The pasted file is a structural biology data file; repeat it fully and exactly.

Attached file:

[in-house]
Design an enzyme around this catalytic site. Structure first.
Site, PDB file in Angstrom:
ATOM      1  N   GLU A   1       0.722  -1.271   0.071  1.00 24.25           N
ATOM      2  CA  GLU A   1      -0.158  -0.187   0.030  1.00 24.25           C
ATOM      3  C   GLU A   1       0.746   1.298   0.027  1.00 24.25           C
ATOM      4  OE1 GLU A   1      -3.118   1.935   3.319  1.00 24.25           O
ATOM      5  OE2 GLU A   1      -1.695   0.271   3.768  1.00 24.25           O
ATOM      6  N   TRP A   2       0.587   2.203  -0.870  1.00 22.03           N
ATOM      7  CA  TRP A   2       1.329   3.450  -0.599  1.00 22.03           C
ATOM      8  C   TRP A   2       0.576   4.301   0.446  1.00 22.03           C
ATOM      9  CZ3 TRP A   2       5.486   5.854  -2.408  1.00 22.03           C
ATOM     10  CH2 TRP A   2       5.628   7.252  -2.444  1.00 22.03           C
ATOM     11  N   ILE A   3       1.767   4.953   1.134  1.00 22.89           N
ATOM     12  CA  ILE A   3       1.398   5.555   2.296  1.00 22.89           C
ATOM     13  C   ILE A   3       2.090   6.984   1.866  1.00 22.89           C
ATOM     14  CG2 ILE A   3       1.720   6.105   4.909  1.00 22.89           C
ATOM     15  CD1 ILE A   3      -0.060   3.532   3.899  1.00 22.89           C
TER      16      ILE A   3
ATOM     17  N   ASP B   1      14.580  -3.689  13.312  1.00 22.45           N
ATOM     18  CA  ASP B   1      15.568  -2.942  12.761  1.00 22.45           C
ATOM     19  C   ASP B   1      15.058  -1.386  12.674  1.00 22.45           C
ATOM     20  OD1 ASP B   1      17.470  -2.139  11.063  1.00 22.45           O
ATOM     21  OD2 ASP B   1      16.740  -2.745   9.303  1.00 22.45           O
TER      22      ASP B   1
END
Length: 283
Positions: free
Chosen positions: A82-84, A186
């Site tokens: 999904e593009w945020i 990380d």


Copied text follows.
[in-house]
Design an enzyme around this catalytic site. Structure first.
Site, PDB file in Angstrom:
ATOM      1  N   GLU A   1       0.722  -1.271   0.071  1.00 24.25           N
ATOM      2  CA  GLU A   1      -0.158  -0.187   0.030  1.00 24.25           C
ATOM      3  C   GLU A   1       0.746   1.298   0.027  1.00 24.25           C
ATOM      4  OE1 GLU A   1      -3.118   1.935   3.319  1.00 24.25           O
ATOM      5  OE2 GLU A   1      -1.695   0.271   3.768  1.00 24.25           O
ATOM      6  N   TRP A   2       0.587   2.203  -0.870  1.00 22.03           N
ATOM      7  CA  TRP A   2       1.329   3.450  -0.599  1.00 22.03           C
ATOM      8  C   TRP A   2       0.576   4.301   0.446  1.00 22.03           C
ATOM      9  CZ3 TRP A   2       5.486   5.854  -2.408  1.00 22.03           C
ATOM     10  CH2 TRP A   2       5.628   7.252  -2.444  1.00 22.03           C
ATOM     11  N   ILE A   3       1.767   4.953   1.134  1.00 22.89           N
ATOM     12  CA  ILE A   3       1.398   5.555   2.296  1.00 22.89           C
ATOM     13  C   ILE A   3       2.090   6.984   1.866  1.00 22.89           C
ATOM     14  CG2 ILE A   3       1.720   6.105   4.909  1.00 22.89           C
ATOM     15  CD1 ILE A   3      -0.060   3.532   3.899  1.00 22.89           C
TER      16      ILE A   3
ATOM     17  N   ASP B   1      14.580  -3.689  13.312  1.00 22.45           N
ATOM     18  CA  ASP B   1      15.568  -2.942  12.761  1.00 22.45           C
ATOM     19  C   ASP B   1      15.058  -1.386  12.674  1.00 22.45           C
ATOM     20  OD1 ASP B   1      17.470  -2.139  11.063  1.00 22.45           O
ATOM     21  OD2 ASP B   1      16.740  -2.745   9.303  1.00 22.45           O
TER      22      ASP B   1
END
Length: 283
Positions: free
Chosen positions: A82-84, A186
């Site tokens: 999904e593009w945020i 990380d």